By Baheya Malaty (FGS ’18)
At Hillary Clinton’s most-recent lavish private fundraising event in South Carolina, Black Lives Matter activist Ashley Williams interrupted the event by holding up a sign which read, “We have to bring them to heel.” The sign was a reference to a speech made by Clinton in 1994 in support of a crime bill that caused an astronomical increase in the mass incarceration of Brown and Black Americans. In support of that bill, Clinton referred to young people of color involved with gangs as “super predators.” In the aftermath of Williams’ direct action, the hashtag #WhichHillary has become a popular one for activists who seek to critique Clinton’s campaign, which has championed itself as dedicated to the fulfillment of women’s rights. Utilizing the frameworks introduced by Bushra Rehman and Daisy Hernandez in Colonize This!: Young Women of Color on Today’s Feminism will illustrate the contradictions and hypocrisies of Clinton’s brand of feminism, which she has used to great effect in her campaign.
Bushra and Hernandez write, “When the media vilifies a whole race, when a woman breaks the image of a model minority…or when our neighborhoods are being gentrified, this is… where our feminism lies” (378). Thus they articulate the concerns of young feminists of color who initially felt partially liberated by white feminism, but who also felt uncomfortable with and excluded by white feminist analyses and spaces. On Twitter, @erniesfo echoed this tension: “The Hillary Clinton who says she supports Latinos or the one who supports a coup in Honduras? #WhichHillary.” Political commentator and journalist Ali Abunimah wrote, “#WhichHillary, the one who claims to be a lifelong child advocate or the one who never saw an Israeli massacre she didn’t applaud?” Rehman and Hernandez can help illuminate the tension between Clinton’s seemingly advocating progressive policies while simultaneously upholding oppressive ones:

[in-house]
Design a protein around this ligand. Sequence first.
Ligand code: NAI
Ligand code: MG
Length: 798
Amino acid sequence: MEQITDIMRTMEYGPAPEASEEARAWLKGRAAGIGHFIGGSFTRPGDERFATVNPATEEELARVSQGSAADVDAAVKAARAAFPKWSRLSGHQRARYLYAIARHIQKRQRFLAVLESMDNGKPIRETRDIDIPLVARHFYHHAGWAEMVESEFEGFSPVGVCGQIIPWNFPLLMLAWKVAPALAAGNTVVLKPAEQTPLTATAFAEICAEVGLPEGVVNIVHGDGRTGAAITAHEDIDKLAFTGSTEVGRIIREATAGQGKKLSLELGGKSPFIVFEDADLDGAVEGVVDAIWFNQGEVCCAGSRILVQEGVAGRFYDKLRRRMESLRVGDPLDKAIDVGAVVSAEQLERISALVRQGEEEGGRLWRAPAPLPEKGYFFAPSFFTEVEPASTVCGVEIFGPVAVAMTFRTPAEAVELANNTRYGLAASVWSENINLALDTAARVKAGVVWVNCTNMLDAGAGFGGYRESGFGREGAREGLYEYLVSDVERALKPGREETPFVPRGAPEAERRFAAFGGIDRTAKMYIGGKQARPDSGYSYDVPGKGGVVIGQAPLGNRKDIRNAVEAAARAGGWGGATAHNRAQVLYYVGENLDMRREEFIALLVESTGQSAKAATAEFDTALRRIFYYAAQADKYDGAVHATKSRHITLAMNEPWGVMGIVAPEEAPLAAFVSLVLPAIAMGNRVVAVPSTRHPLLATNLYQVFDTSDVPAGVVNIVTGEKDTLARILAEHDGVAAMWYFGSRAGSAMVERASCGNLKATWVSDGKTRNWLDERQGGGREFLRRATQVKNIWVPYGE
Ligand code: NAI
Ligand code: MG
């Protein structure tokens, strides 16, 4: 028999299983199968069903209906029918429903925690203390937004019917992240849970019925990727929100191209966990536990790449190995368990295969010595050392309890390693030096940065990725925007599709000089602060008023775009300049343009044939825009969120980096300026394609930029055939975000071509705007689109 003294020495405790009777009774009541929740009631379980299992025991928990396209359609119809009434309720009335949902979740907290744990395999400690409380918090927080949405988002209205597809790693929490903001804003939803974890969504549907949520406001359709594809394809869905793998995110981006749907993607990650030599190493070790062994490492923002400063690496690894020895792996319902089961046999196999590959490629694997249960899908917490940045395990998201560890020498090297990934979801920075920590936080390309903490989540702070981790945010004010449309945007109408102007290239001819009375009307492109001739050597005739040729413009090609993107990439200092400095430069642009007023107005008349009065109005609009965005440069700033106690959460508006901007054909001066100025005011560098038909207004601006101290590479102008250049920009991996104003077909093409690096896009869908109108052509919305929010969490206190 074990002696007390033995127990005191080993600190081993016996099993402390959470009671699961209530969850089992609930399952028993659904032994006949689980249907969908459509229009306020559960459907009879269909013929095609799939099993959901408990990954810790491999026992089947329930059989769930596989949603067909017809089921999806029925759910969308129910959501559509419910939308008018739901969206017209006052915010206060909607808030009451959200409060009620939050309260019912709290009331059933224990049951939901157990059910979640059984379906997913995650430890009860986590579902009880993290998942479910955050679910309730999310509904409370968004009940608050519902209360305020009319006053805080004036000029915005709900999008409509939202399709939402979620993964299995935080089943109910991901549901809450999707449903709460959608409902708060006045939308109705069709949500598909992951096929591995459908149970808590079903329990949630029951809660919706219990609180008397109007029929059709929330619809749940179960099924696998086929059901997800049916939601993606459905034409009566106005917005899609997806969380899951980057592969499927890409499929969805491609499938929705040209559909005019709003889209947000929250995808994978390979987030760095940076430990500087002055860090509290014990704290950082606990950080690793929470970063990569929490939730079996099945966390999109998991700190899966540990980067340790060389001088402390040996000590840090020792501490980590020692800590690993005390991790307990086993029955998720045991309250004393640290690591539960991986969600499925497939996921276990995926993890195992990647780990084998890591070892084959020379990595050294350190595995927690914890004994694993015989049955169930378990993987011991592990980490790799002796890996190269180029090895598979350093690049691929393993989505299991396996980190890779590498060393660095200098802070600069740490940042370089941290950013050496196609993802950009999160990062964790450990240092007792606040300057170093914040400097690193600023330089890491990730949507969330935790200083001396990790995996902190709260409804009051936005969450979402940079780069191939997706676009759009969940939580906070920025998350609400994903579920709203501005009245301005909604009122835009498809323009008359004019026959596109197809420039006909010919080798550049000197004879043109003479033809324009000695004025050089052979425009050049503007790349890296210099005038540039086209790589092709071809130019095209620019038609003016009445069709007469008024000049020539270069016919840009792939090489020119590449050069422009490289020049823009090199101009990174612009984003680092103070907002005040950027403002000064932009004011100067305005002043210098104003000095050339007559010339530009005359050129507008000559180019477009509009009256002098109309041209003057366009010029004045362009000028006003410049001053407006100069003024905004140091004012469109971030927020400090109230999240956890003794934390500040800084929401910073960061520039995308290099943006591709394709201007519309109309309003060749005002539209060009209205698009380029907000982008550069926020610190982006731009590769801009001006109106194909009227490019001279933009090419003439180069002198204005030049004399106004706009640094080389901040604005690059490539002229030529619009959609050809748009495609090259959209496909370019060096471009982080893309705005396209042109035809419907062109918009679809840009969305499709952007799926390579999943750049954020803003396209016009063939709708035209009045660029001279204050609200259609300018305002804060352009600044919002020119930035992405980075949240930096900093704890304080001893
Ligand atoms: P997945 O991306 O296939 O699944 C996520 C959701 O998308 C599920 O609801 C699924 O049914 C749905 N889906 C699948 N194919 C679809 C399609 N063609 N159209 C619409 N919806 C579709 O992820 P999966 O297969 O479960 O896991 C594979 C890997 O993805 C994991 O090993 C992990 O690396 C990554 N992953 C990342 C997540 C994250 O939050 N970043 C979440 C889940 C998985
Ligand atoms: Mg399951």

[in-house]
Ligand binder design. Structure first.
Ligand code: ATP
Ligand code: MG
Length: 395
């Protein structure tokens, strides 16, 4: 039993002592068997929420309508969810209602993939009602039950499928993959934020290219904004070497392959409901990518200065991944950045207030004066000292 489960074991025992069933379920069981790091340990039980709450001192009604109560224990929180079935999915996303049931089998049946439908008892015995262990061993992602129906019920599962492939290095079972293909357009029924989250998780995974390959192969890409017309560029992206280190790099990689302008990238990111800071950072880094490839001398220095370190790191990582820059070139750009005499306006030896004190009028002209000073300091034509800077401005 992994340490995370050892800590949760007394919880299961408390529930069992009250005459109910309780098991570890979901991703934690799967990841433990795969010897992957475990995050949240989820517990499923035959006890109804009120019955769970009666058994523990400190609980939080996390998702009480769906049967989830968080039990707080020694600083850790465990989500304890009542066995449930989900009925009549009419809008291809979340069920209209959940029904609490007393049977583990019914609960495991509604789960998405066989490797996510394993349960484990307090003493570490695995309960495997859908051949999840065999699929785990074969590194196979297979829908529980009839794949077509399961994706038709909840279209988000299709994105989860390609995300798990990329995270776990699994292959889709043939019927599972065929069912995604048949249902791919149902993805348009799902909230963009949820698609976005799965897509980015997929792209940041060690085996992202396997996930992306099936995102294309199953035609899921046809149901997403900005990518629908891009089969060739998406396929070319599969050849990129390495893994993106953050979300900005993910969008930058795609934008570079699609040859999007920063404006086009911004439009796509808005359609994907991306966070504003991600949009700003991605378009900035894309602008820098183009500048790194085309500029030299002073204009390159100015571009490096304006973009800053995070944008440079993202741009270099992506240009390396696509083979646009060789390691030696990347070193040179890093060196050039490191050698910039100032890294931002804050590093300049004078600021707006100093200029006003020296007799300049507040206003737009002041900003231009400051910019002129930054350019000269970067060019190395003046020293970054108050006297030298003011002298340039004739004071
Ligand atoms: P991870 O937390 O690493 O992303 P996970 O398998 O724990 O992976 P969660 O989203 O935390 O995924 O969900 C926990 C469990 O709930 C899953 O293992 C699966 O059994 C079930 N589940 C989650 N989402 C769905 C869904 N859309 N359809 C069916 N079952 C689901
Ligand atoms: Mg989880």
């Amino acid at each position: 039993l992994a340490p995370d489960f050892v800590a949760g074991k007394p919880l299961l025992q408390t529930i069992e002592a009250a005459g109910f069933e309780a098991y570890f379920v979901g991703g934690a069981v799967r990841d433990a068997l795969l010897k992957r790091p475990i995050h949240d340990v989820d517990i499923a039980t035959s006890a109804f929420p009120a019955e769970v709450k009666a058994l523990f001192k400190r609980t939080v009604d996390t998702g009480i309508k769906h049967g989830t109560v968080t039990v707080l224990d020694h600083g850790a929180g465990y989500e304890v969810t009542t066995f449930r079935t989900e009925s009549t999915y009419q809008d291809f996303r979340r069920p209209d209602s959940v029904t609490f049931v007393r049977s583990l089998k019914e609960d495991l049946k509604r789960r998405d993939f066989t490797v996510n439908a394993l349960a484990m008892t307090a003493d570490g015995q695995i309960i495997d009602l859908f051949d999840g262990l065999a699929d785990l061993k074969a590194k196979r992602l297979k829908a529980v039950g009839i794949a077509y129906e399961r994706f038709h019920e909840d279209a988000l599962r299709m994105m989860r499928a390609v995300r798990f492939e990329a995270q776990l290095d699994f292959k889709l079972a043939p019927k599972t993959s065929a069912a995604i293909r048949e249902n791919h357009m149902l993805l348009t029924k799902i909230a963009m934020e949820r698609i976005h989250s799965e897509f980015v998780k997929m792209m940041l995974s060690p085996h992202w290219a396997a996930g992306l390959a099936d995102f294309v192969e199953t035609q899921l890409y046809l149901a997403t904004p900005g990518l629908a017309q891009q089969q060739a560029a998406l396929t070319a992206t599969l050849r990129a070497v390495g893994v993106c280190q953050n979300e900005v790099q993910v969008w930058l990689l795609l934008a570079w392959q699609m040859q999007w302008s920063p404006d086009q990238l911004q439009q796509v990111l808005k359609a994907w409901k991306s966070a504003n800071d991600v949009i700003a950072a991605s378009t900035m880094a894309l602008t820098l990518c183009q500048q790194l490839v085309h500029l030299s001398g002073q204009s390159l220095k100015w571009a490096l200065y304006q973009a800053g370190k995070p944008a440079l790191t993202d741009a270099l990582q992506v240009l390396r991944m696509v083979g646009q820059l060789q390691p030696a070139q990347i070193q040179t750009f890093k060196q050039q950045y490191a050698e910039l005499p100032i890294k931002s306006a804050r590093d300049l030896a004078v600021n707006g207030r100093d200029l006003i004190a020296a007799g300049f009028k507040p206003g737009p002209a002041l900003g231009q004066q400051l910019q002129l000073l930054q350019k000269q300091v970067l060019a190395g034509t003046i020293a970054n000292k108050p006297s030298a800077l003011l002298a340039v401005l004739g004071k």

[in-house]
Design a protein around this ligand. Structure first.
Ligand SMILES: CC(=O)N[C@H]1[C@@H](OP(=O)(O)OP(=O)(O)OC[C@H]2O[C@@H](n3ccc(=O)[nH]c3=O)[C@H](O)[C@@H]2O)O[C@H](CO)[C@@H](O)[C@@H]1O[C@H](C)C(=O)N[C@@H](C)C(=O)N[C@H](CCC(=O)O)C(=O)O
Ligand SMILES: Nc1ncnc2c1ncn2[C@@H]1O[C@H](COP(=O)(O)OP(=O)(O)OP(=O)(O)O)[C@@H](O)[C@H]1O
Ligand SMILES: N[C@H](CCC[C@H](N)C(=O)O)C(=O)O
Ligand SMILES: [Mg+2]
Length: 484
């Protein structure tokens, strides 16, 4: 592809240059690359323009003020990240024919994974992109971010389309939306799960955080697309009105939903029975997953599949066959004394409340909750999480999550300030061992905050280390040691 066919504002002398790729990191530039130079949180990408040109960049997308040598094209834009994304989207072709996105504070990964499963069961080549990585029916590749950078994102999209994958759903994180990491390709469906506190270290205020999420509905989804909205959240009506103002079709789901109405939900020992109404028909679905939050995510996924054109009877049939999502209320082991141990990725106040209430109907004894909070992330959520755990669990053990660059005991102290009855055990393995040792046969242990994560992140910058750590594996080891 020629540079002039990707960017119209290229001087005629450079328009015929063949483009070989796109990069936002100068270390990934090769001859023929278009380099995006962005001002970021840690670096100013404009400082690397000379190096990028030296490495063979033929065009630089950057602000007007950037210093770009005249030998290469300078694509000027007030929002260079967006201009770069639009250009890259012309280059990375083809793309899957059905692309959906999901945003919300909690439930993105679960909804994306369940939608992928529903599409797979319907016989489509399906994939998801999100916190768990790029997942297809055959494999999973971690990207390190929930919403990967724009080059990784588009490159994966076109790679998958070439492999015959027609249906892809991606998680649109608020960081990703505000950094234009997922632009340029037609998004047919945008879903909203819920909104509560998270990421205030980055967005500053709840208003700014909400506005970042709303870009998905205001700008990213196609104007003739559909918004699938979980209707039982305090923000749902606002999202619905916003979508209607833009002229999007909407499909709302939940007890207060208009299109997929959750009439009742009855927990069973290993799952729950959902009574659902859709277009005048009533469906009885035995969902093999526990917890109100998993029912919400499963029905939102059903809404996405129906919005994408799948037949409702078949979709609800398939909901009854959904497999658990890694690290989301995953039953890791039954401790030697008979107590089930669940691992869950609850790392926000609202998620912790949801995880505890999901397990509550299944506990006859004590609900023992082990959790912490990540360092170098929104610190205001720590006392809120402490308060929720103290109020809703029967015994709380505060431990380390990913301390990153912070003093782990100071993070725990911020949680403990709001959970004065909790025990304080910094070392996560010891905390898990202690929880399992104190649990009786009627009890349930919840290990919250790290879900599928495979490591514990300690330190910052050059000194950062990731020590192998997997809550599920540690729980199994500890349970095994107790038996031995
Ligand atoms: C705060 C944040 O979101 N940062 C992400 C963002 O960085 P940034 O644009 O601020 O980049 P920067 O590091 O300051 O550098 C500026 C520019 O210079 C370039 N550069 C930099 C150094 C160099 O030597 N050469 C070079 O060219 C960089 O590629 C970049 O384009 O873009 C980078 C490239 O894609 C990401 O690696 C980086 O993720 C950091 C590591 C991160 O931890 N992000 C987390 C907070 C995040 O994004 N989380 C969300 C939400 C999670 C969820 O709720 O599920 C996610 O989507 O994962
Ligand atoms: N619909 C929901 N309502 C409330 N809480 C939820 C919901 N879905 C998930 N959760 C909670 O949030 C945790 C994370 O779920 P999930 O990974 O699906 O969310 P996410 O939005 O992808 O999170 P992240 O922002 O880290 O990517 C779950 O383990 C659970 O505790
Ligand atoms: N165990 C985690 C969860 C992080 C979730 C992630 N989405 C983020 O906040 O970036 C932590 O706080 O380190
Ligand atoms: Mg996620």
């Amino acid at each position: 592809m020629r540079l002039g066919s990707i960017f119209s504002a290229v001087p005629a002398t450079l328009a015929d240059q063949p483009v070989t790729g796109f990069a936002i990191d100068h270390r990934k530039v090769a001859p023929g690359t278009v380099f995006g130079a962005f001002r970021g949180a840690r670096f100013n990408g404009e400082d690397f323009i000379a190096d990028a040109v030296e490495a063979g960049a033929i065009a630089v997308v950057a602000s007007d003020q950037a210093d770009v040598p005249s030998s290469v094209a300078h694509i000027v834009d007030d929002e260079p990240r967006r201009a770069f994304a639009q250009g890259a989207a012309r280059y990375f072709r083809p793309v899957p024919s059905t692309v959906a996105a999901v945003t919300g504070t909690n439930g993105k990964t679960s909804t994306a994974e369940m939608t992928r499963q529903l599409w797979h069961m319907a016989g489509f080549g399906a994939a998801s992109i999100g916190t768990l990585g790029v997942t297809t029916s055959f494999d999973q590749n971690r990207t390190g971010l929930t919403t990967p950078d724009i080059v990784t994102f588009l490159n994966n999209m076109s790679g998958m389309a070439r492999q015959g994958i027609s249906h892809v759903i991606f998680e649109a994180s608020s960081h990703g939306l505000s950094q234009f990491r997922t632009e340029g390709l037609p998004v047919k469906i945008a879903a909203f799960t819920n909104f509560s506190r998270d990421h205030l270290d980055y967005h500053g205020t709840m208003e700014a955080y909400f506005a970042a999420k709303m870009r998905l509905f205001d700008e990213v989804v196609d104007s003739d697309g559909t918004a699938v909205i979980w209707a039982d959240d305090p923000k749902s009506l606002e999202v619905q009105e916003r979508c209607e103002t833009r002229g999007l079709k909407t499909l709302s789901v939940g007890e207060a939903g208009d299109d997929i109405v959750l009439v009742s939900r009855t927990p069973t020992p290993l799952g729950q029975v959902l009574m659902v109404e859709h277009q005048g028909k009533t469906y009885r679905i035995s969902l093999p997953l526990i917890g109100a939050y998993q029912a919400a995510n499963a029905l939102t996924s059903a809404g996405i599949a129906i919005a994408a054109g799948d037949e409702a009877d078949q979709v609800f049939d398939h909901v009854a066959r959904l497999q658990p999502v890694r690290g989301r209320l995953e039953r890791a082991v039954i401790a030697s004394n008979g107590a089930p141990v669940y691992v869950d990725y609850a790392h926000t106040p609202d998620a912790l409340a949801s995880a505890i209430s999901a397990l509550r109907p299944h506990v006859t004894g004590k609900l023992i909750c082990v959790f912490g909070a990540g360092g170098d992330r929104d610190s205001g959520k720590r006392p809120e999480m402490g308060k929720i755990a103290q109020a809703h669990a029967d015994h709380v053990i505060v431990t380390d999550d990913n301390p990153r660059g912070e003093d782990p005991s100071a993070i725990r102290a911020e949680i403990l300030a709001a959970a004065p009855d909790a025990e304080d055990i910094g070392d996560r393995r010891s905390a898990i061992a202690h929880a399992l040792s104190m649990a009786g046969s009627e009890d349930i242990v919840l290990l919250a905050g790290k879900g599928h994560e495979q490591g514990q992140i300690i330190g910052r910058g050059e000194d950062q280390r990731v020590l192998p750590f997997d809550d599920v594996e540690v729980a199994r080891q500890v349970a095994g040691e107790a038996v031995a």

We’ve grown up with legalized abortion, the legacy of the Civil Rights movement and gay liberation, but we still deal with sexual harassment, racist remarks from feminists and the homophobia within our communities. The difference is that now we talk about these issues in women’s studies classes, in classrooms that are multicultural but xenophobic and in a society that pretends to be racially integrated but remains racially profiled. (378)
Clinton and her supporters have thus celebrated her dedication to women’s rights without recognizing the many ways in which her policies been anti-feminist and extremely harmful to women and children.
Activists using the #WhichHillary highlight the ways in which Clinton’s pro-women agenda is not pro-all women; rather, it specifically pertains to the concerns of Western, white, middle and upper class women. In this way, they illustrate how Hillary is not much of a feminist at all, and her championing of women’s rights is more of a marketing scheme than a legitimate political platform. Along these lines, Astrid Henry examines what is lost when people attempt to market feminism:
Without its critiques of white supremacy and privilege, heterosexism, and capitalism—not to mention its continued insistence on examining the ways in which sexism and misogyny continue to operate in the world—feminism becomes nothing but a meaningless bumper sticker announcing “girl power” (390).
Clinton, who has advocated for women’s rights but has also supported legislation which contributed to the mass incarceration of Black Americans and worked with neoconservatives to derail a democratically elected government in Honduras, is emblematic of this brand of feminism. Clinton’s feminism ultimately does little to address actual feminist concerns; therefore, it operates as a “meaningless bumper sticker” through which Clinton can draw support by presenting as a “pro-woman” candidate.